Maldives names defence minister as violence spreads

  • AFP, Male
  • |
  • Updated: Feb 09, 2012 11:24 IST
  • Mohamed Nasheed

    File photo of Maldives President Mohamed Nasheed who resigned after weeks of demonstrations. Agencies

  • tear gas

    A Maldives soldier kicks a tear gas canister towards police during a clash in Male, Maldives. The first democratically elected president Mohamed Nasheed of Maldives ...

  • Maldives soldier

    A Maldives soldier fires a rubber bullet towards police during a clash between them in Male, Maldives. The first democratically elected president Mohamed Nasheed of ...

  • Maldives soldiers

    Maldives soldiers, left, are involved in a clash with police officers, right, in Male, Maldives. Maldives President Mohamed Nasheed presented his resignation in a nationally ...

  • Maldives police

    Maldives police officers assume taking an oath before joining a protest against the military in Male, Maldives. Maldives President Mohamed Nasheed announced his resignation today ...

  • Opposition supporters

    Opposition supporters stage a protest at the Republican Square in Male, Maldives. Maldives President Mohamed Nasheed announced his resignation today following weeks of public protests ...

  • Hassan Manik

    People gather outside a building in Male, as news breaks that mutinying police has taken over the state broadcaster, in this still image taken from ...

  • Republic Square

    In this handout photograph provided by Haveeru News Service, opposition activists celebrate at Republic Square following the news that a group of police officials have ...

  • Maldivian President

    In this handout photograph provided by Haveeru News Service, Maldivian President Mohamed Nasheed (C, wearing white) walks towards the military headquarters after meeting special police ...

  • Maldivian police

    In this handout photograph provided by Haveeru News Service, mutinying Maldivian police are seen amid a cloud of tear gas as they confront the military ...

The new Maldivian president has made urgent cabinet appointments to try and contain violence that has spread across the archipelago since his predecessor said he was forced to resign in a coup.

President Mohamed Waheed appointed retired colonel Mohamed Nazim as defence minister and lawyer Mohamed Jameel Ahmed as home minister, presidential aide Mohamed Shareef said on Thursday.

"Even though the appointment of a national unity cabinet is taking time, the president made these two urgent appointments to take charge and control the spread of violence since Wednesday evening," Shareef said.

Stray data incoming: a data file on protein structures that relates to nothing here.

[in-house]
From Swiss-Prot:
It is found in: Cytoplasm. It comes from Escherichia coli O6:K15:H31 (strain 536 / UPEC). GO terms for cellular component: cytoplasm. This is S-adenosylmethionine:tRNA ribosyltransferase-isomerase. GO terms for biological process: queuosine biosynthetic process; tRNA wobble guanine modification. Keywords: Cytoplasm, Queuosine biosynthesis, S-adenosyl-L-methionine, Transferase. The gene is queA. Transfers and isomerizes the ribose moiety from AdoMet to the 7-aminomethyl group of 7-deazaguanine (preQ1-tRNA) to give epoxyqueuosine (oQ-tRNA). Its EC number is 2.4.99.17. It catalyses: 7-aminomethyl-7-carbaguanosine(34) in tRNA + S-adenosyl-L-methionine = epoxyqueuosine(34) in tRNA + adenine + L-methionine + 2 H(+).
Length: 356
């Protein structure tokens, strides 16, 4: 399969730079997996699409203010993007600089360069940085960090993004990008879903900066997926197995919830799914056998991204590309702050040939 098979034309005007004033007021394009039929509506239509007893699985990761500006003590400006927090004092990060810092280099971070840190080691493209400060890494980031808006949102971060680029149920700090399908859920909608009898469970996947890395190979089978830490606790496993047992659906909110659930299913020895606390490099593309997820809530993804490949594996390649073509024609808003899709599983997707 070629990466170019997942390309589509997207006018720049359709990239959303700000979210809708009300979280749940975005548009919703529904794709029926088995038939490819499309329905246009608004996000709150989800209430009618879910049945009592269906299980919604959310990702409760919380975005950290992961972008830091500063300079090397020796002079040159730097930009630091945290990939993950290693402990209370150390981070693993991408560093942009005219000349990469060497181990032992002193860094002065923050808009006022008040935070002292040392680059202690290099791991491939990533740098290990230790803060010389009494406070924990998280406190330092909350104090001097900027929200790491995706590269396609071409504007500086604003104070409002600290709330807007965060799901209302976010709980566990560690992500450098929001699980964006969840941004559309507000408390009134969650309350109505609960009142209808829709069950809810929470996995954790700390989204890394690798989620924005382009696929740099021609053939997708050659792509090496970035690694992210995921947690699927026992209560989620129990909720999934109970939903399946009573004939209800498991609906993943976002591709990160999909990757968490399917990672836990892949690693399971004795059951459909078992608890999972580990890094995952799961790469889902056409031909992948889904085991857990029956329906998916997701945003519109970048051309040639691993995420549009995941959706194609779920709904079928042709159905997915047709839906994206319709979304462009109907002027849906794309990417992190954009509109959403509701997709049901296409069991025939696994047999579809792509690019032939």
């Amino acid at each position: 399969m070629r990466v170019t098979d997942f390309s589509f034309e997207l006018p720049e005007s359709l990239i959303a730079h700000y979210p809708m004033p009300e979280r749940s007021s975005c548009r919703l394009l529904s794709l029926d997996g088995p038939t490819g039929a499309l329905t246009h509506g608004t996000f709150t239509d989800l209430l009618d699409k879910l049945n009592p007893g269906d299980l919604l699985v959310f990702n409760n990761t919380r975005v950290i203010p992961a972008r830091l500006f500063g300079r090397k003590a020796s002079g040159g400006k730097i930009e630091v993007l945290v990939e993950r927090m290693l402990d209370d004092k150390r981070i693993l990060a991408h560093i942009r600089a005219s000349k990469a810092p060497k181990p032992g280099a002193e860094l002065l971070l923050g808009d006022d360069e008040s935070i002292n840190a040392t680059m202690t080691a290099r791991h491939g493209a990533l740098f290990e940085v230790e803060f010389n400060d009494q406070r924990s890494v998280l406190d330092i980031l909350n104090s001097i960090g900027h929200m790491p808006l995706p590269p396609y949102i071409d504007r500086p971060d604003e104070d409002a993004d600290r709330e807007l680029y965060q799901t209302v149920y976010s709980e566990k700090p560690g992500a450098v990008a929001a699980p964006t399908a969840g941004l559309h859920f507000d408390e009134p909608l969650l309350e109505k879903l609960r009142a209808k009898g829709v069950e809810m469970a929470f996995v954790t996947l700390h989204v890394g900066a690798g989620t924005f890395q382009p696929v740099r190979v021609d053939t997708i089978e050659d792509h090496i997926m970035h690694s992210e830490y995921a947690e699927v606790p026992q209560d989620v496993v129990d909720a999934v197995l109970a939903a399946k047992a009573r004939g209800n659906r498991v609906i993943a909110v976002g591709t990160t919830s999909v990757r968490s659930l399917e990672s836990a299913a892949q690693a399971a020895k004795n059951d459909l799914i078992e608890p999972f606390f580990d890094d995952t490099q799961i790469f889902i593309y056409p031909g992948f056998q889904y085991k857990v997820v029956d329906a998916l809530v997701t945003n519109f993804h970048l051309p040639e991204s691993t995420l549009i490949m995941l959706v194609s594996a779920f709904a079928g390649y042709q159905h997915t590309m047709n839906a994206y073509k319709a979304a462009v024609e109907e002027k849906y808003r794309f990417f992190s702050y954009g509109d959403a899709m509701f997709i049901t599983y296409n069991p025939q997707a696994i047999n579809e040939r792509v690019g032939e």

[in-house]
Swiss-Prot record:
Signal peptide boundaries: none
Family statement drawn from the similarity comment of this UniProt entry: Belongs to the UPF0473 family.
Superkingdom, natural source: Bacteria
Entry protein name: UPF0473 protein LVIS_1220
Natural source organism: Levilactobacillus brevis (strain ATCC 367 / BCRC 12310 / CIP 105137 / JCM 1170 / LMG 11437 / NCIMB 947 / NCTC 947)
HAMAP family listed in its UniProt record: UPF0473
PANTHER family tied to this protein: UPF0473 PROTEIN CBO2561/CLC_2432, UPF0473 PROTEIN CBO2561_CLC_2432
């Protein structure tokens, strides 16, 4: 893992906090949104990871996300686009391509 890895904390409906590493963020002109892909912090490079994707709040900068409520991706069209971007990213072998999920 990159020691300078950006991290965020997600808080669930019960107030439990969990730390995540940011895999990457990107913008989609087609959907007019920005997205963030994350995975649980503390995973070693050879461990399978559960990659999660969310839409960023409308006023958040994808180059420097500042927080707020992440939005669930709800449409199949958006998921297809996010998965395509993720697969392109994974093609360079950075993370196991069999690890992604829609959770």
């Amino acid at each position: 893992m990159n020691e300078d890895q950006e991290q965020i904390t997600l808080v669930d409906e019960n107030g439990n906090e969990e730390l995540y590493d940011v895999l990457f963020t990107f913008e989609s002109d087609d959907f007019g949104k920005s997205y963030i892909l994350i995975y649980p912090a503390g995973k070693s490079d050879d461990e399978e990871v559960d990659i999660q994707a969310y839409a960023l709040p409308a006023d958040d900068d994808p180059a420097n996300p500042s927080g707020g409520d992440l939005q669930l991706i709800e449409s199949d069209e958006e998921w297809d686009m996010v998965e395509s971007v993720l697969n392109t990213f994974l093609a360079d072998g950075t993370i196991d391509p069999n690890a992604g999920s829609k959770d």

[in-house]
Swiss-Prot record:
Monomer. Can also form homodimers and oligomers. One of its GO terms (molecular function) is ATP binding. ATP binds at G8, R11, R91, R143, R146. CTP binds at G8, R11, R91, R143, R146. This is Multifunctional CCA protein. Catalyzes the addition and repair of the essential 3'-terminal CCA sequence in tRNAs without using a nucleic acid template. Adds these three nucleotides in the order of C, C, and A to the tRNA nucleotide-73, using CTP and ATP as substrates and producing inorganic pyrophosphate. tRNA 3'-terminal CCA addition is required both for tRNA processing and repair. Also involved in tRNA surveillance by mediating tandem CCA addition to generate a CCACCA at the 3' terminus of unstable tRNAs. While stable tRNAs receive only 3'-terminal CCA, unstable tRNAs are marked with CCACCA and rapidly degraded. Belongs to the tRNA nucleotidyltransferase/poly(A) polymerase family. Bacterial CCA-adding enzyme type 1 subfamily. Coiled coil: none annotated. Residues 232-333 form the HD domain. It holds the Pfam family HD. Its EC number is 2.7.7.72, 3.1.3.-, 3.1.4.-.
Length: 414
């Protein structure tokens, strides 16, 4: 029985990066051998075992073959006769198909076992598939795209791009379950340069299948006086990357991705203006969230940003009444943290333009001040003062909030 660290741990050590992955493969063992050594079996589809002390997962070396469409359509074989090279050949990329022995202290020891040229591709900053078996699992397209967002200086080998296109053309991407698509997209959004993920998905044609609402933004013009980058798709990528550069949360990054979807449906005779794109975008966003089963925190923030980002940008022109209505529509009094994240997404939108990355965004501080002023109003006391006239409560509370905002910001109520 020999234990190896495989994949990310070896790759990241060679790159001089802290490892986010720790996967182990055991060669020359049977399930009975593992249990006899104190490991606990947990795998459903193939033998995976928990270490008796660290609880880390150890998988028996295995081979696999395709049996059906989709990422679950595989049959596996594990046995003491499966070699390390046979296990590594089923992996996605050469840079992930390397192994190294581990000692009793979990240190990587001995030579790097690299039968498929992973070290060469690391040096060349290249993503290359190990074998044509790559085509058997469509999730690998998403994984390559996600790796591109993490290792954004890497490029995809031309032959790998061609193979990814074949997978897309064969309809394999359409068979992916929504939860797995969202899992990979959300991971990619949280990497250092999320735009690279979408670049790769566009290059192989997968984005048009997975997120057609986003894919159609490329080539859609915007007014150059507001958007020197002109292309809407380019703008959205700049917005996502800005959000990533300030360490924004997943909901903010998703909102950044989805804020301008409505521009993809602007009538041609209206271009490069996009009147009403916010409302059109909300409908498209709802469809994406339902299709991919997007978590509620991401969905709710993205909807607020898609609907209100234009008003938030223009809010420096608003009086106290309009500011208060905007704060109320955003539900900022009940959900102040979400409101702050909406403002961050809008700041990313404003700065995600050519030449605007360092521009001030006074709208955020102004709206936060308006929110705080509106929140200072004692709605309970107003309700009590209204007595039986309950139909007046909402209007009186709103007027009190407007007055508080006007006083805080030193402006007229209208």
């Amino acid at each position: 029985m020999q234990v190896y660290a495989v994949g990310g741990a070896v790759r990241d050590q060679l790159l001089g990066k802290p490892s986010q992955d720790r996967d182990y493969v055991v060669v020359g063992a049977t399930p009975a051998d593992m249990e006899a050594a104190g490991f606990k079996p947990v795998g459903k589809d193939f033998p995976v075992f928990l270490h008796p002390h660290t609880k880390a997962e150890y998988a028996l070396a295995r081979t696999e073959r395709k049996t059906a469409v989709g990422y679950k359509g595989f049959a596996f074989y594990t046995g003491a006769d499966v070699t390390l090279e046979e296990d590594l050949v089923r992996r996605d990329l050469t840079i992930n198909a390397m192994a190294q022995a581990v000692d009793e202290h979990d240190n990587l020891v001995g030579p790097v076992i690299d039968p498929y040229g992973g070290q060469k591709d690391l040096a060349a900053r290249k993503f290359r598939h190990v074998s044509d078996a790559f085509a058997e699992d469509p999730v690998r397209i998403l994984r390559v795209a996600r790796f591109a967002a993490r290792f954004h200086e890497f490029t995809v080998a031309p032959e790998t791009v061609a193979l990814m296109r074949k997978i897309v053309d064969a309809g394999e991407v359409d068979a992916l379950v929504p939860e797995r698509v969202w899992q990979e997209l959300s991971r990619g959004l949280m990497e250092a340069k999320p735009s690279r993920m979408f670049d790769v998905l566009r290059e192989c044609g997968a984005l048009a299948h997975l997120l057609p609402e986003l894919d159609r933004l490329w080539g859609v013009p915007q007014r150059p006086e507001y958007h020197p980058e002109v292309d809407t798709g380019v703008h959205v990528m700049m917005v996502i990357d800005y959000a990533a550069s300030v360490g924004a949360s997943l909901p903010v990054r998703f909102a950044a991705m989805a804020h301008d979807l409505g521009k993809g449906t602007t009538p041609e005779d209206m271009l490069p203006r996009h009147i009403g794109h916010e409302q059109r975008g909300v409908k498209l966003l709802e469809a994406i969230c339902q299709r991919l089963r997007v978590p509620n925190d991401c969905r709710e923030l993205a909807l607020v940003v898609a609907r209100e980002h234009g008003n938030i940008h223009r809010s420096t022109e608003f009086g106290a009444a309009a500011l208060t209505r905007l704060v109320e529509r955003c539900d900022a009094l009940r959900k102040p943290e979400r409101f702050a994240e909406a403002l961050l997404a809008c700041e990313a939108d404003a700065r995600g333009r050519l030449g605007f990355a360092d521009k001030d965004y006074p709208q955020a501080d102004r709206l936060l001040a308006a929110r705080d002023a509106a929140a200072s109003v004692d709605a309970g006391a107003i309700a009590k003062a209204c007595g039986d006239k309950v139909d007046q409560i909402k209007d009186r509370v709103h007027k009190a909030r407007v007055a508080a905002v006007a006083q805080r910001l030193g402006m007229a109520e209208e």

Waheed was sworn in on Tuesday just hours after his predecessor announced his resignation in a televised press conference.

Nasheed later claimed that he had been forced to step down in what was an effective coup d'etat orchestrated by opposition leaders with the backing of the security forces.

Violence erupted across the holiday resort island chain on Wednesday as supporters of the former president stormed police stations and burned government buildings in outlying atolls.

In the capital Male, thousands of protesters clashed with security forces near the police and military headquarters.

Shareef accused Nasheed of inciting his supporters to unleash "anarchy" on the streets.

Maldivian police declined to give details of any casualties, but denied media reports that as many as three people may have been killed in the unrest,

Police chief inspector Abdul Mannan Yoosuf confirmed that violence in the capital had spread to far flung atolls, but added that tourist resorts were unaffected.

The Maldives is dependent on tourism and its resorts, popular with high-end honeymooners, are mostly located on otherwise uninhabited coral islets .

Yoosuf said police were planning a "joint operation with the armed forces" to bring the situation under control."

It is the Maldives' worst unrest since clashes in 2003 following the death of an inmate at the hands of security forces, an event which sparked the process of democratic change on the Indian Ocean islands.

In Washington the State Department called for calm and said a senior US envoy would visit the Maldives on Saturday, but stopped short of describing events as a coup.

Nasheed said he suspected Waheed, his former vice president, had known of a plot to overthrow him.

 

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